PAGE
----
NIAGARA ICEBOUND. The roar of Niagara Palls suddenly ceased on Saturday ntgbt, February 13, only a mere trickle of water flowing Into the majestic gorge below. The rapids, which some people usually consider more picturesque than the Falls themselves, lost their fury, while the whirlpool was barely in motion. Strangest of all, the population of the city of Niagara Falls, or many of roar of the great waters for years has been their lullaby. These phenomena ore attributed to heavy Erie, and to the accumulation of an enormous ice barrier on Goat Island, which divides the river just as it plunges towards the Falls. Only once before in fifty yeare has a similar spectacle been witnessed. The icebound Falls sciutlllnte in the sun, and over them are splendid rainbows, uniting the American and Canadian shores. Huge crowds flocked to the ice for the excitement of reaching the little islands that are inaccessible at other times. CANADIAN INDIAjNS AND GREENBACKS. Wealth 'has suddenly come to the French HiTer Indians through the sale of valuaMe timber on their lands near Date Niplssing. Ontario. Tor many y-ears the late chief of the OjlCways sternly repulsed the advances of the lumbermen, but his son 'has yielded to their solicitations, and It Is stated tout altogether the band will ultimately be entTHed to something like £200,000. The distribution, of the first instalment to the tribe was made, by Indian Agent Oockburn at Sturgeon Falls. The assembled braves listened stolidly to 'the explanations of the agent that the piece of paper -each received meant that a large sum of money was in the Quebec Bank to their credit, wtrtch could be obtained wien required. A short lecture on banking and the convenience of the savings department followed, after which the recipients marched solemnly to th"c ba.uk and drew the face value of the cheques. BurS-ned with wealth, they returned to the .ngent's office, wfiere e-ach Indian piled his money up on the table, and joyfully regarded the sta-eks of greenbacks which spelt ease and comfort for some time to come. One Indian insisted on. having bills of small denomination, and was loaded with a mountain of greenbacks. TVHh a grin he staggered into the offl-ce, money bulging out of every pocket. Slowly unpacking 'himself, he piled his treasure on the table, making a bigger display than any of his red "brothers, afforded him the greatest satisfaction. With difficulty the men were dissuaded from carryiiir: off their money to the reserve, 20 miles across Nipissing; but, finally, after making generous purchases and paying their bills, nearly all deposited £heir wealth in tne ■'bank. It is stated that the sale will mean an Income to some families o f . £600 a year.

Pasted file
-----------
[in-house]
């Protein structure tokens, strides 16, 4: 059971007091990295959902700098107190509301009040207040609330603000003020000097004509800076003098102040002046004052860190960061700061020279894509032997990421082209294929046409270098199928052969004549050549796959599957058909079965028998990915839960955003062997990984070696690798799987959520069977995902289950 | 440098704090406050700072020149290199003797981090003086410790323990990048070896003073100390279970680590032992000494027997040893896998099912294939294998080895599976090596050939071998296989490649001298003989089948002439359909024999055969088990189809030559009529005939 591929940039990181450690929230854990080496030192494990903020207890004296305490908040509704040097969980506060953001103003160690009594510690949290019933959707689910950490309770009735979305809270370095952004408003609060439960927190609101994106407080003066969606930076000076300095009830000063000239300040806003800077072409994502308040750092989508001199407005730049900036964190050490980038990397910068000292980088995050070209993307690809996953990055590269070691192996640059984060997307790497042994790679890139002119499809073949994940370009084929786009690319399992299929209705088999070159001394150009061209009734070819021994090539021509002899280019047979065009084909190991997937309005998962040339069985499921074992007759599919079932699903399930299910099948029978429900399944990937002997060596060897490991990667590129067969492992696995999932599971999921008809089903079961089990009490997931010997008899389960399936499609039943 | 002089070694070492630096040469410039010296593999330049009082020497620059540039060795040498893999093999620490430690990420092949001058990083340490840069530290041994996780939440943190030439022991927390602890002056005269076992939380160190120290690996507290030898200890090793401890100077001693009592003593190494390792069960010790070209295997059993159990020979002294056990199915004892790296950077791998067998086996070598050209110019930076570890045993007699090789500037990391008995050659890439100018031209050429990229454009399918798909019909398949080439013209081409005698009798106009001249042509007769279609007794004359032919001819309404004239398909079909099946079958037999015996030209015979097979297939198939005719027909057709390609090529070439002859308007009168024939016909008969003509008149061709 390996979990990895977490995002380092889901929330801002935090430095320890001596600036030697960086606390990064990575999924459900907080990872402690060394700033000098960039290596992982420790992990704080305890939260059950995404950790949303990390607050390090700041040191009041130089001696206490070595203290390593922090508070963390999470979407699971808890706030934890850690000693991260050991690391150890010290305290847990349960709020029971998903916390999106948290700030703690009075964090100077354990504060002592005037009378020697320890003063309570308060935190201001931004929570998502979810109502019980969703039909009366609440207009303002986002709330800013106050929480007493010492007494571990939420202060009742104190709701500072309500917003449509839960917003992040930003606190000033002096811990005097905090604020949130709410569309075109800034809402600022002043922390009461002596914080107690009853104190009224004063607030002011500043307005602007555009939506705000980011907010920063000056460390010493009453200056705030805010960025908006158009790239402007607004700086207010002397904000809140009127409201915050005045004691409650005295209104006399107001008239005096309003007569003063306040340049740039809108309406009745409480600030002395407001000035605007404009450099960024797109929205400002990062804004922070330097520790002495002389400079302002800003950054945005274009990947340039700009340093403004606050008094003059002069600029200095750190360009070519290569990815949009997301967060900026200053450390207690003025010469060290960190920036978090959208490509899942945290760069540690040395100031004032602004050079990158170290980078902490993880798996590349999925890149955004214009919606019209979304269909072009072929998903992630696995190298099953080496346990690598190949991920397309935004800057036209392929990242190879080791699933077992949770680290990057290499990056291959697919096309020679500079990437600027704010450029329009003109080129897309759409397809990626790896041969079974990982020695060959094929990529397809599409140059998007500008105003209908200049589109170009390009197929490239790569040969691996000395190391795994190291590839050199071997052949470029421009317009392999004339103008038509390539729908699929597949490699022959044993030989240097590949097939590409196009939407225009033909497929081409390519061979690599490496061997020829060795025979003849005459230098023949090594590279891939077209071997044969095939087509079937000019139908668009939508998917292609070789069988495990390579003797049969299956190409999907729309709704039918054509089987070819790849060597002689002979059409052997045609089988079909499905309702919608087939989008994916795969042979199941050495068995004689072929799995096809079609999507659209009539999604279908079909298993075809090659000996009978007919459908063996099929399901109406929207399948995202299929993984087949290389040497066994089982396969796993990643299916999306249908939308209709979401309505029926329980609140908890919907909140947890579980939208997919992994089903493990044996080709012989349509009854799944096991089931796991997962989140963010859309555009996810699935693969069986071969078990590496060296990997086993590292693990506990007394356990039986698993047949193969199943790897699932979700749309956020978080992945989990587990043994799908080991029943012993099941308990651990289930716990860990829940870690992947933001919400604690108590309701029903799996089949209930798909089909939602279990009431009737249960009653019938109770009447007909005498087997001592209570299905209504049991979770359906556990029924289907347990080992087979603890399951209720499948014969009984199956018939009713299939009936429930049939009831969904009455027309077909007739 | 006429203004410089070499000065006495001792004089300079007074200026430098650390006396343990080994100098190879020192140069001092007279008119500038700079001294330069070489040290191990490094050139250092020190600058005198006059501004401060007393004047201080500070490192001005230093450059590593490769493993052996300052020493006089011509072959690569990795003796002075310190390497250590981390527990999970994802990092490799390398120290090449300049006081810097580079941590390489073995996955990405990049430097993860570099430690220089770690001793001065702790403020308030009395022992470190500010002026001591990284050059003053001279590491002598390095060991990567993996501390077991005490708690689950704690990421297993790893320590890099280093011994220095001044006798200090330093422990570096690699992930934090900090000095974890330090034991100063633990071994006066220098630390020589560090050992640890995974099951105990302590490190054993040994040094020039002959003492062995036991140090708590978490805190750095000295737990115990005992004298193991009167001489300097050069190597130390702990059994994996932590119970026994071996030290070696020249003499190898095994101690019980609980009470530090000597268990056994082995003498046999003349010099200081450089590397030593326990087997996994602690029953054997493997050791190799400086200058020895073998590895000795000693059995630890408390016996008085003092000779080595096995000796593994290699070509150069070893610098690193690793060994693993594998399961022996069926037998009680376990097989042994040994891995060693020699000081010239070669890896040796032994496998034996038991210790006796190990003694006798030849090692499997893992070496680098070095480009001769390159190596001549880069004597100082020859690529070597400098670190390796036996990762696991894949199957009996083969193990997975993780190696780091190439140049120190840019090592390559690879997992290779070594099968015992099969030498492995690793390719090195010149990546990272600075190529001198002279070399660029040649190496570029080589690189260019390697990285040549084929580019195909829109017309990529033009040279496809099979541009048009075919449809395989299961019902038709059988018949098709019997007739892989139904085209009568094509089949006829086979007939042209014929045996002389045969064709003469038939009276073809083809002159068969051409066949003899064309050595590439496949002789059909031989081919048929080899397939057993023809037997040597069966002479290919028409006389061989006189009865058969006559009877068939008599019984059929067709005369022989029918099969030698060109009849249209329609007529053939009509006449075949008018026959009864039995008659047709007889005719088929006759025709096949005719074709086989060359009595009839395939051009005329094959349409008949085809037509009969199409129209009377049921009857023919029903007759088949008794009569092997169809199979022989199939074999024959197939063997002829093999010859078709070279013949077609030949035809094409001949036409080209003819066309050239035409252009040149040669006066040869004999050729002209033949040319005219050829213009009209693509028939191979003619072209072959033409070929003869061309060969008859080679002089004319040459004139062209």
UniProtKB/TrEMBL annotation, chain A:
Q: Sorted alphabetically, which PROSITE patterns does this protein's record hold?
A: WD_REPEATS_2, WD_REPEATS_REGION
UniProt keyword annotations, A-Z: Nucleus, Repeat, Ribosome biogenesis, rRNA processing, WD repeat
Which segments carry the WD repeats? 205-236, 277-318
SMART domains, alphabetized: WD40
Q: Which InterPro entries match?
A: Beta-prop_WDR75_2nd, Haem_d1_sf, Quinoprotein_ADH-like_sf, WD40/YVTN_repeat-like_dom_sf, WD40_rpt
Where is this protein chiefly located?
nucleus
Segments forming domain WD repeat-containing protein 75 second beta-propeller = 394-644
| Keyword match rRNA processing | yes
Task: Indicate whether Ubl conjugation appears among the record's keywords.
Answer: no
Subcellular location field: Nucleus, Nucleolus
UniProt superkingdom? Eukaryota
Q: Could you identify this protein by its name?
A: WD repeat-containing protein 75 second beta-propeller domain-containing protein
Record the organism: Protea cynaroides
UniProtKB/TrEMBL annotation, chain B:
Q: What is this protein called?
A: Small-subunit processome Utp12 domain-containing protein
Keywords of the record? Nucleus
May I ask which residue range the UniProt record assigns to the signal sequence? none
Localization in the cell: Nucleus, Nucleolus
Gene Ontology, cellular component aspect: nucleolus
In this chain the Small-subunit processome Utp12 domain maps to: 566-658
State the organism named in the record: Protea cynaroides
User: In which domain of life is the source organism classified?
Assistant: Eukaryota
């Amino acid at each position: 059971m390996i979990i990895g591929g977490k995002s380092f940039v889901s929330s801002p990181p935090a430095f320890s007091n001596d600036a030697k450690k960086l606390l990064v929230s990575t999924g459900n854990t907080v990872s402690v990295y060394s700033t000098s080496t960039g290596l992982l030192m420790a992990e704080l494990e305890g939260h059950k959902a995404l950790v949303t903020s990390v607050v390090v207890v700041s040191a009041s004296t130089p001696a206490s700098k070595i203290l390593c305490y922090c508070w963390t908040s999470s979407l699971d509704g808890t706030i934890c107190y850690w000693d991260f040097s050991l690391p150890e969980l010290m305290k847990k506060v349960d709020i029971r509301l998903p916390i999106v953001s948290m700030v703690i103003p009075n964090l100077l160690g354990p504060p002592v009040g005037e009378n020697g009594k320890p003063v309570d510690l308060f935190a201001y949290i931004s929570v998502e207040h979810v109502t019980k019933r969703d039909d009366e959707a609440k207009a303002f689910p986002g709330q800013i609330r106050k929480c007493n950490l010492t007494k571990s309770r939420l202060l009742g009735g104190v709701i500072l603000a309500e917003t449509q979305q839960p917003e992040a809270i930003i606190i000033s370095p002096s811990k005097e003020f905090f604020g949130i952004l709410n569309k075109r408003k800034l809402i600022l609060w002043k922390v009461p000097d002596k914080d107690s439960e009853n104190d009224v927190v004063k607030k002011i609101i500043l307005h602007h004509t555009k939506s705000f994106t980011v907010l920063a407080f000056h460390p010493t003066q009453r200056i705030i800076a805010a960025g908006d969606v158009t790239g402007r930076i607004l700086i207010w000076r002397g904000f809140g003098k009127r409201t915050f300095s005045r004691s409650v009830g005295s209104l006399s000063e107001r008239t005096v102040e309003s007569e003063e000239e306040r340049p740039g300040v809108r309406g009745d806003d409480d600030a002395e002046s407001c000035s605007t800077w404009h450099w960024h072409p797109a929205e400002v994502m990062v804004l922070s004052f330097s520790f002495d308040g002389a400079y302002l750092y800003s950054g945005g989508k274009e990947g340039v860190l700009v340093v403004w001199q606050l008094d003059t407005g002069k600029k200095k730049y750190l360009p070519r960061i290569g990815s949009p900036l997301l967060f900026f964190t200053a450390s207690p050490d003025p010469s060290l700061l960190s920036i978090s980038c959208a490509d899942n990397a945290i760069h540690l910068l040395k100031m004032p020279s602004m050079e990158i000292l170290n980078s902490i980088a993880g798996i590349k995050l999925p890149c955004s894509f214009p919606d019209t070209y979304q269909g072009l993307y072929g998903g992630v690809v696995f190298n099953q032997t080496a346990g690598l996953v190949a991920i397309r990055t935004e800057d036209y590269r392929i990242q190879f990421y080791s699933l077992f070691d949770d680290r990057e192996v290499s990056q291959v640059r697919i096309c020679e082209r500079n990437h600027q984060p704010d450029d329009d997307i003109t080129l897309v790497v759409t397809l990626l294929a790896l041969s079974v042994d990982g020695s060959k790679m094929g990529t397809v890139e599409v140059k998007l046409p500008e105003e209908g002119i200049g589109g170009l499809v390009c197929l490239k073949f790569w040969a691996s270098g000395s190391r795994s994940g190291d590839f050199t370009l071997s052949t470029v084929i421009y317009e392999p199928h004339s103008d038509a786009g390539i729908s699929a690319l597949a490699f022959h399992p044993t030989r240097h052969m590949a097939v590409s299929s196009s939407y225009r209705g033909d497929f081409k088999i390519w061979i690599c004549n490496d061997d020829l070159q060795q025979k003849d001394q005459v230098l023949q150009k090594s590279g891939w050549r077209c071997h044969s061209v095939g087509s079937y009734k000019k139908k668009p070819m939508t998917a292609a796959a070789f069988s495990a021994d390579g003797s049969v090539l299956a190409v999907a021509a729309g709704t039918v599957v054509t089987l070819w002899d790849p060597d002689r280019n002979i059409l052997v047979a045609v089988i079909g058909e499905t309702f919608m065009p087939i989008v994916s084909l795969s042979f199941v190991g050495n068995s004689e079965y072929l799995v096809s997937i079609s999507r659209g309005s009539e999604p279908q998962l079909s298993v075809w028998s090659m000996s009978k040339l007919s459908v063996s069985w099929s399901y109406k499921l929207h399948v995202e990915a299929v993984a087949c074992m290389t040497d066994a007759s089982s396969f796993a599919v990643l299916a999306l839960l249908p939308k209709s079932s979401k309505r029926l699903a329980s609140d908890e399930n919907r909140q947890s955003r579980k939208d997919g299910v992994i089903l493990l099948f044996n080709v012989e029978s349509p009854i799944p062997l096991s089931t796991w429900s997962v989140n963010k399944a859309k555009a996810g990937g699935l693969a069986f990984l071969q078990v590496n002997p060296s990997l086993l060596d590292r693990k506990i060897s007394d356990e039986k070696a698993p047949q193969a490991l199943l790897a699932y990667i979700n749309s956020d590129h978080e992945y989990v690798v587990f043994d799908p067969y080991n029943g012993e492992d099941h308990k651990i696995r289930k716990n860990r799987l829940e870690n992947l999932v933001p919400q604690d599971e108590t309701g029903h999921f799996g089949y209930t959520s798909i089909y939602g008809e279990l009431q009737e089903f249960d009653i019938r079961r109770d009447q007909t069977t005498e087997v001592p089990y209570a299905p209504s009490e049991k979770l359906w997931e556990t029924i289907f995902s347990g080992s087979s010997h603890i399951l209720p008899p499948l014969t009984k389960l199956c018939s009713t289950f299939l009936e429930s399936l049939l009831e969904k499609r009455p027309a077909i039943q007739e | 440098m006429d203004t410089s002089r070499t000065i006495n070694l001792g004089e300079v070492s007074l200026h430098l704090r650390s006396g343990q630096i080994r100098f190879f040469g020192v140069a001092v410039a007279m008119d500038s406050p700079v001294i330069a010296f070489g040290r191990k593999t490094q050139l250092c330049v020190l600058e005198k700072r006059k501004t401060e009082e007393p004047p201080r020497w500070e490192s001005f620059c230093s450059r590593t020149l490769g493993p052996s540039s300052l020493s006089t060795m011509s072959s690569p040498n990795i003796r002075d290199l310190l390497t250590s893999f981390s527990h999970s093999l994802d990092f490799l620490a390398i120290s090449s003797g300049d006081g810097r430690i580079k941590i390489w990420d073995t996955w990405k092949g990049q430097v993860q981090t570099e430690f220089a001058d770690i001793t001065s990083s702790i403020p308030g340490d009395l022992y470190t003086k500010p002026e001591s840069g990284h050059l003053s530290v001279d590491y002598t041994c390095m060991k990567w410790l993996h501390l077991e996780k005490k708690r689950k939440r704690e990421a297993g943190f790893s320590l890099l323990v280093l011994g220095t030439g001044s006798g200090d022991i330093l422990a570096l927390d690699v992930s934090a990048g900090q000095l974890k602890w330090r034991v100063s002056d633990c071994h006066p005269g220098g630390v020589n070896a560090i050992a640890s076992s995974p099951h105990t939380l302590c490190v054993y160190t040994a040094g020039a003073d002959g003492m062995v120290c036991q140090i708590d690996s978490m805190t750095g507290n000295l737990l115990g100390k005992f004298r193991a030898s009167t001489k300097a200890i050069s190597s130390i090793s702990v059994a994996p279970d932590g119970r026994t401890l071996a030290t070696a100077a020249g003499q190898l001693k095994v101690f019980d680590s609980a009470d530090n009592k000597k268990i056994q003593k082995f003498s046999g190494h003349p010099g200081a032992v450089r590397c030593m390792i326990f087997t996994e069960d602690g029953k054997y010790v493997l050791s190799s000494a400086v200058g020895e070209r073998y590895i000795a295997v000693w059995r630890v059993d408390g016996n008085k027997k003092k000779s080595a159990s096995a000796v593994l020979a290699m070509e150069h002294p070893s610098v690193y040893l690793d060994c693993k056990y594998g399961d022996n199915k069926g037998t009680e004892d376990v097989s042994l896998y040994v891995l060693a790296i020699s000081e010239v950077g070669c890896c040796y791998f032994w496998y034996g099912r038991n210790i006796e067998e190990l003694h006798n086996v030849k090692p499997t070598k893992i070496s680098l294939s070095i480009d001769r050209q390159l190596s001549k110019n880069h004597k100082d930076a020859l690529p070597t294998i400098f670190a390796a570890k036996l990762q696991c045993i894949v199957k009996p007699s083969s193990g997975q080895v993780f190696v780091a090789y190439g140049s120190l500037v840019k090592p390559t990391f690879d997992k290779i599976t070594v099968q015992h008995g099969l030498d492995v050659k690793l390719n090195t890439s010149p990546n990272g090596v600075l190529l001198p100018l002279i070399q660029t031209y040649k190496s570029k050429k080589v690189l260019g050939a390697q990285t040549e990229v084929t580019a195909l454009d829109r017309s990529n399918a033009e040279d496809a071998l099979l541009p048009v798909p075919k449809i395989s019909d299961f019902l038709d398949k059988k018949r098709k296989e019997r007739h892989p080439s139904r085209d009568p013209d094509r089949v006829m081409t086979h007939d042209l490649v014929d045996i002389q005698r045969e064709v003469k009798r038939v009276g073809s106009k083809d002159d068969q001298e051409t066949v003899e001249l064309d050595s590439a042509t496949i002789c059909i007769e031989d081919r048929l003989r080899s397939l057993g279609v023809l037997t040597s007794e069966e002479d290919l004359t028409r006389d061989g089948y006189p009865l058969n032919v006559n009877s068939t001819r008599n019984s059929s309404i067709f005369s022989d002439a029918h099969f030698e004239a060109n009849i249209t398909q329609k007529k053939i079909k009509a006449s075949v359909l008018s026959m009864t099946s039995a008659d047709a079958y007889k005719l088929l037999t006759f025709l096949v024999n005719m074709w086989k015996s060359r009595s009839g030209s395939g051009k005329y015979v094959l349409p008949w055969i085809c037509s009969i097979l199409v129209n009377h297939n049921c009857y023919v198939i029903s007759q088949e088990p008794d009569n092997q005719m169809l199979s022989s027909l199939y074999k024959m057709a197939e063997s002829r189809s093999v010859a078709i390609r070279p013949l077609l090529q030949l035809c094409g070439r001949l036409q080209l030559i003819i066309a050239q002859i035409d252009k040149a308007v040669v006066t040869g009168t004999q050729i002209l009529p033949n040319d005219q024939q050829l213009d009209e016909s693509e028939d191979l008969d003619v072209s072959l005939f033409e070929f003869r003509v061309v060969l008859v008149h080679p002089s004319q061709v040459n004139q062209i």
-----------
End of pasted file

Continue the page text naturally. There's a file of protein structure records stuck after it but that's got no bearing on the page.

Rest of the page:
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STRANGE STORIES FROM THE AMERICAN PAPERS. Auckland Star, Volume XL, Issue 80, 3 April 1909